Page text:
Sunday, September 11, 2011
Everything I Need to Know I Learned at the Dinner Table
“But I made it with LOVE,” I say, standing over a table full of sour looks and protests.
“Aw, not a love food again,” little brother whines. His big brother insists I stop trying to make homemade meals and just buy some chicken nuggets in a bag or the fish that come in stick-form.
“We don’t want you to hurt yourself doing all of this cooking,” my oldest boy announces.
At the dinner table one has to listen hard to keep up with several conversations. Tonight little brother is enthralled by his older sister, a feisty 6 year-old who likes to pretend she’s a snail.
He tugs on my shirt and pulls me down to his level to whisper a question in my ear.
“Can I marry Sissy?”
“I’m sorry, no. It’s against New York State law. You can marry another person when you grow up.”
Little brother frowns. Yanking me down to his level again he whispers, “She is a beautiful goy-il and she has a toy stuffed octopus. She’s the best!” he spits in my ear.
“What does “marry” mean, anyway,” I ask, wiping the boy slobber off the side of my face.
Little brother shrugs. His older brother interjects.
“Don’t you know, Mommy?” he asks, incredulously. “You and daddy are married many years.”
“Not that many!” I reply, defensively.
“Well- longer than my whole life and that’s a long time,” Big Brother says.
“Oh, right. Ok,” I say, checking his napkin for secretly discarded carrots. “So what happens after you get married?”
There is a long pause at the table. Meanwhile, Sissy is avoiding eating her soup by drawing flowers on her napkin with a pink crayon.
“Well, you just go home with your goy-il and she cooks for you. Then you play bad guys,” little brother says, matter of fact as I try to swallow a laugh.
“No- that’s not what happens,” Big Brother says confidently. “You go to work. Then you retire and move to a nursing home to live out the rest of your life sipping lemonade and playing Bingo.”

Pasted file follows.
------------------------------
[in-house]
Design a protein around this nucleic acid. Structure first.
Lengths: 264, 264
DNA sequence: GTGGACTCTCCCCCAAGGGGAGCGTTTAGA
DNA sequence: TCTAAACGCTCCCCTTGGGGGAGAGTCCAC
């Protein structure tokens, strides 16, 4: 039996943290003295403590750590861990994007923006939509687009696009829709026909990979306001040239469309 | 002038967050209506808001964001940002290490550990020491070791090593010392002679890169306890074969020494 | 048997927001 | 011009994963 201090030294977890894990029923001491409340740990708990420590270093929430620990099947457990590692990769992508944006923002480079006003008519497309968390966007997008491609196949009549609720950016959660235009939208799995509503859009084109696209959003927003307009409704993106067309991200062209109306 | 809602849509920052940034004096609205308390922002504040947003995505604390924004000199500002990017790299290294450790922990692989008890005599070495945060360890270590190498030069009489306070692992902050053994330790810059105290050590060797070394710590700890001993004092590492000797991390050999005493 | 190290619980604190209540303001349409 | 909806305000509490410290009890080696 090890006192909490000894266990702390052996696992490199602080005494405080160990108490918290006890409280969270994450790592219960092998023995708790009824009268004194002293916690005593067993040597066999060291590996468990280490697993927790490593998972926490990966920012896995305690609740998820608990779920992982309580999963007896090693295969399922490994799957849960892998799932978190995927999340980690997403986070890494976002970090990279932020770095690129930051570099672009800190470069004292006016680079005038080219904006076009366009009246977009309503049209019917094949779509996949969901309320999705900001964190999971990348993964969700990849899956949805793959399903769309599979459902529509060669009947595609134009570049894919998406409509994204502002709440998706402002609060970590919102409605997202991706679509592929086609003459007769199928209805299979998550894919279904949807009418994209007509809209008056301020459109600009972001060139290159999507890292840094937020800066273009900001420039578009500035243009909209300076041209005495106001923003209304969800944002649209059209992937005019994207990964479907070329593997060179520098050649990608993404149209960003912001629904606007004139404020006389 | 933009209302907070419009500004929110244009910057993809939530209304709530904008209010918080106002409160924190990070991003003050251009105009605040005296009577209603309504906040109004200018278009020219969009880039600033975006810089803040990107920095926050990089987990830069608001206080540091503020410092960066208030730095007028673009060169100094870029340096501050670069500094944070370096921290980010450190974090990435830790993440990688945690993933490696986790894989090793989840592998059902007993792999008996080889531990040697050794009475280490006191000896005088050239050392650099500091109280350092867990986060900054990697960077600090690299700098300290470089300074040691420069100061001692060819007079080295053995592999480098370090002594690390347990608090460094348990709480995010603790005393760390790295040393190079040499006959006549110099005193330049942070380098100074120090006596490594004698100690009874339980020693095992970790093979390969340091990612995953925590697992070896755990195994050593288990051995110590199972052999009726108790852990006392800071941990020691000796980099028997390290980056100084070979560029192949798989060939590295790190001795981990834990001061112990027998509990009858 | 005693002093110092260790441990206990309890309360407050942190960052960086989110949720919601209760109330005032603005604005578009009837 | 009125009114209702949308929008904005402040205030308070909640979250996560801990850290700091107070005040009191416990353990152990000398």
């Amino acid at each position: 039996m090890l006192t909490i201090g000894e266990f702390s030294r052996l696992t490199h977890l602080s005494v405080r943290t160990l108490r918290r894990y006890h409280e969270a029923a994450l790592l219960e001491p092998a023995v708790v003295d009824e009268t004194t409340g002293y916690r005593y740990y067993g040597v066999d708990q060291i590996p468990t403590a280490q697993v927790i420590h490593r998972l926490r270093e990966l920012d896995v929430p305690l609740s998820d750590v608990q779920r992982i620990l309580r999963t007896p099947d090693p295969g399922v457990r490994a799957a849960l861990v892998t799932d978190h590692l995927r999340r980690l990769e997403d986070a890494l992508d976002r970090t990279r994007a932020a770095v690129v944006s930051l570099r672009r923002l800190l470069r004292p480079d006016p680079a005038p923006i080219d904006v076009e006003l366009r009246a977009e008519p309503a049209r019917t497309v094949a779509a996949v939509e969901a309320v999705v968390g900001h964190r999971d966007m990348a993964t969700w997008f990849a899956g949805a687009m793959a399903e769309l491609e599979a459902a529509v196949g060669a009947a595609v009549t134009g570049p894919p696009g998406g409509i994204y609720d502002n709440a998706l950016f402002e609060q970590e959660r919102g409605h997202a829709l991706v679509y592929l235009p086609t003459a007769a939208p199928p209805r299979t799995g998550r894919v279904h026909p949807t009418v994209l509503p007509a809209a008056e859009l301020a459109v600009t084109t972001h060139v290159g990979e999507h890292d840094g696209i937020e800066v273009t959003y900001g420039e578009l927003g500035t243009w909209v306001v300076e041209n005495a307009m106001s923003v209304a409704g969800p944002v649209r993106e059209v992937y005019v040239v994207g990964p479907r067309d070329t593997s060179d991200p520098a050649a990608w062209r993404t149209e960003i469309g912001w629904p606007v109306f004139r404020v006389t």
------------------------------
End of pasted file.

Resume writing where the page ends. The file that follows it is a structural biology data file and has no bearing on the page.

“Is that what you are gonna do?” I ask.
“Probably not. But you will, Mommy. And unfortunately for us, before you retire you are going to make a lot of years-worth of soup that we’ll have to eat. So, maybe, Mommy, you should just move on to the next step of life now,” announces my oldest.
Slightly shocked by the overly intelligent and heartless candor of my 8 year-old, I shout, “You want me to move away to a nursing home!?”
“No!” yells little brother, grabbing my arm, protectively. “I’m just gonna marry you when I’m a man,” he says, decidedly.
“Oh, yeah? What if you don’t want to get married, or if you meet a girl your age who likes octopus and even T-R-A-I-N-S,” I offer.
My youngest looks worried. He’s pushing the potatoes around in his soup with his spoon, deep in thought.
“Then I’ll just have to do a break up on her and marry you, cuz you’ll be the best at building my island of Sodor,” he finally says, triumphantly.
But my mind is stuck on the first part of that sentence. “Do a what?” I ask, incredulous. What’s a “break up?”
My youngest looks frustrated.
“Mom! That’s when you lose your goy-il and marry someone else!” he informs me.
“Oh, right,” I say, slightly stunned by his knowledge.
“You should already know that Mommy,” Big Brother says, adding, “Oh no. Our soup is cold. Call us when it’s snack time.”
As the table clears of children in under five seconds, I realize that getting these Christie kids to eat vegetables is the first of MANY future challenges.
Picture: the characters at my breakfast/lunch/dinner table
This post was reprinted in a column called "My Turn" in the Sept. 22, 2011 issue of Long Island Advance. It also appeared in the October 13, 2011 issue of Suffolk County News.
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